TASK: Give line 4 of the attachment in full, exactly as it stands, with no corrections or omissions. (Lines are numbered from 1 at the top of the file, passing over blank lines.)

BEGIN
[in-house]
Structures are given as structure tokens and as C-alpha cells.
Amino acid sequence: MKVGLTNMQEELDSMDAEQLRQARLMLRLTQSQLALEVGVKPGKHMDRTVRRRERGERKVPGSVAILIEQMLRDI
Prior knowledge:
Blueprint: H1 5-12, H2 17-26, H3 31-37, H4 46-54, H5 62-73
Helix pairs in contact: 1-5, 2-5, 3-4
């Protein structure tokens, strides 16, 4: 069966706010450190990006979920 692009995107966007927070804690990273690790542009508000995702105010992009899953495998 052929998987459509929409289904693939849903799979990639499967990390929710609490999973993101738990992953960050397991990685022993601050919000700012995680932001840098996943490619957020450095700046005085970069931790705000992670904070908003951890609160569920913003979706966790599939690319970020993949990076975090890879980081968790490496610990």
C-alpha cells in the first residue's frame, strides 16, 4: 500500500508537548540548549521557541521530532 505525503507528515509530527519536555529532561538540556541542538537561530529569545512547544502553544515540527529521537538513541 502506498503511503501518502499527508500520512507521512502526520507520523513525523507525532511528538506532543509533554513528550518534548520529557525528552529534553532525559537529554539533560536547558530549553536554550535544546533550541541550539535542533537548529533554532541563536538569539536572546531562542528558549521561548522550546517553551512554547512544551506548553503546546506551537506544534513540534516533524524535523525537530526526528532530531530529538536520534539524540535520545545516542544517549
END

Prior knowledge: